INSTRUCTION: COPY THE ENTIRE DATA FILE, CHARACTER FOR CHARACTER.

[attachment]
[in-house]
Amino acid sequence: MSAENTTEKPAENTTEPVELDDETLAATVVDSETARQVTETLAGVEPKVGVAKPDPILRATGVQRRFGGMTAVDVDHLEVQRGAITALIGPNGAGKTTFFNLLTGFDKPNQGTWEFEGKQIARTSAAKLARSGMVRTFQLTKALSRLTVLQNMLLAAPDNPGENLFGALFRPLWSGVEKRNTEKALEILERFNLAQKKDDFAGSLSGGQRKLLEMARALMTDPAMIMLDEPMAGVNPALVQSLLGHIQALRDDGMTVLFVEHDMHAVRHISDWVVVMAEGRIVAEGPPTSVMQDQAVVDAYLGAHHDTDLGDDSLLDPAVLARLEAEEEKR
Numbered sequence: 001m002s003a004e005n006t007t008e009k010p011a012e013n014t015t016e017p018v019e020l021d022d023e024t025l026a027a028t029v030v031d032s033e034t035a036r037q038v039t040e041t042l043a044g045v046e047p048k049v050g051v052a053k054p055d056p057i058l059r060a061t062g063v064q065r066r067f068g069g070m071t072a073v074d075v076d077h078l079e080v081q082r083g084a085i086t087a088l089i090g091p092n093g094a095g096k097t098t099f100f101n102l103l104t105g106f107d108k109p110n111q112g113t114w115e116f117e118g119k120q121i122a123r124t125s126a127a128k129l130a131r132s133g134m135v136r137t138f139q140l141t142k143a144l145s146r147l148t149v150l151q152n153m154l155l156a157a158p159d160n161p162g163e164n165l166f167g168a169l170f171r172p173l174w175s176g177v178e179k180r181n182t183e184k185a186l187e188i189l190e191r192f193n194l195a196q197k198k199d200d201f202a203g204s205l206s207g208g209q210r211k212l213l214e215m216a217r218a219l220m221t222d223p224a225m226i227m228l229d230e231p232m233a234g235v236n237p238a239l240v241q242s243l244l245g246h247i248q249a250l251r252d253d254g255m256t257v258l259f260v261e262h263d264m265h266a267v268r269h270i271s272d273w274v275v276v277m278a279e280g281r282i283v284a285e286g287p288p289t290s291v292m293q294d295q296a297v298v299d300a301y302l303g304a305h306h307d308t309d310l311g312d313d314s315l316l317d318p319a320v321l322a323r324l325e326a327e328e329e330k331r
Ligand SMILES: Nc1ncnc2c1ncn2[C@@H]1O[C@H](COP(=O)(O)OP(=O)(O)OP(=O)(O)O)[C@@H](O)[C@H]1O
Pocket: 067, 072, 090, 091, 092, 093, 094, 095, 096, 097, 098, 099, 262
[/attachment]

[in-house]
Amino acid sequence: MSAENTTEKPAENTTEPVELDDETLAATVVDSETARQVTETLAGVEPKVGVAKPDPILRATGVQRRFGGMTAVDVDHLEVQRGAITALIGPNGAGKTTFFNLLTGFDKPNQGTWEFEGKQIARTSAAKLARSGMVRTFQLTKALSRLTVLQNMLLAAPDNPGENLFGALFRPLWSGVEKRNTEKALEILERFNLAQKKDDFAGSLSGGQRKLLEMARALMTDPAMIMLDEPMAGVNPALVQSLLGHIQALRDDGMTVLFVEHDMHAVRHISDWVVVMAEGRIVAEGPPTSVMQDQAVVDAYLGAHHDTDLGDDSLLDPAVLARLEAEEEKR
Numbered sequence: 001m002s003a004e005n006t007t008e009k010p011a012e013n014t015t016e017p018v019e020l021d022d023e024t025l026a027a028t029v030v031d032s033e034t035a036r037q038v039t040e041t042l043a044g045v046e047p048k049v050g051v052a053k054p055d056p057i058l059r060a061t062g063v064q065r066r067f068g069g070m071t072a073v074d075v076d077h078l079e080v081q082r083g084a085i086t087a088l089i090g091p092n093g094a095g096k097t098t099f100f101n102l103l104t105g106f107d108k109p110n111q112g113t114w115e116f117e118g119k120q121i122a123r124t125s126a127a128k129l130a131r132s133g134m135v136r137t138f139q140l141t142k143a144l145s146r147l148t149v150l151q152n153m154l155l156a157a158p159d160n161p162g163e164n165l166f167g168a169l170f171r172p173l174w175s176g177v178e179k180r181n182t183e184k185a186l187e188i189l190e191r192f193n194l195a196q197k198k199d200d201f202a203g204s205l206s207g208g209q210r211k212l213l214e215m216a217r218a219l220m221t222d223p224a225m226i227m228l229d230e231p232m233a234g235v236n237p238a239l240v241q242s243l244l245g246h247i248q249a250l251r252d253d254g255m256t257v258l259f260v261e262h263d264m265h266a267v268r269h270i271s272d273w274v275v276v277m278a279e280g281r282i283v284a285e286g287p288p289t290s291v292m293q294d295q296a297v298v299d300a301y302l303g304a305h306h307d308t309d310l311g312d313d314s315l316l317d318p319a320v321l322a323r324l325e326a327e328e329e330k331r
Ligand SMILES: Nc1ncnc2c1ncn2[C@@H]1O[C@H](COP(=O)(O)OP(=O)(O)OP(=O)(O)O)[C@@H](O)[C@H]1O
Pocket: 067, 072, 090, 091, 092, 093, 094, 095, 096, 097, 098, 099, 262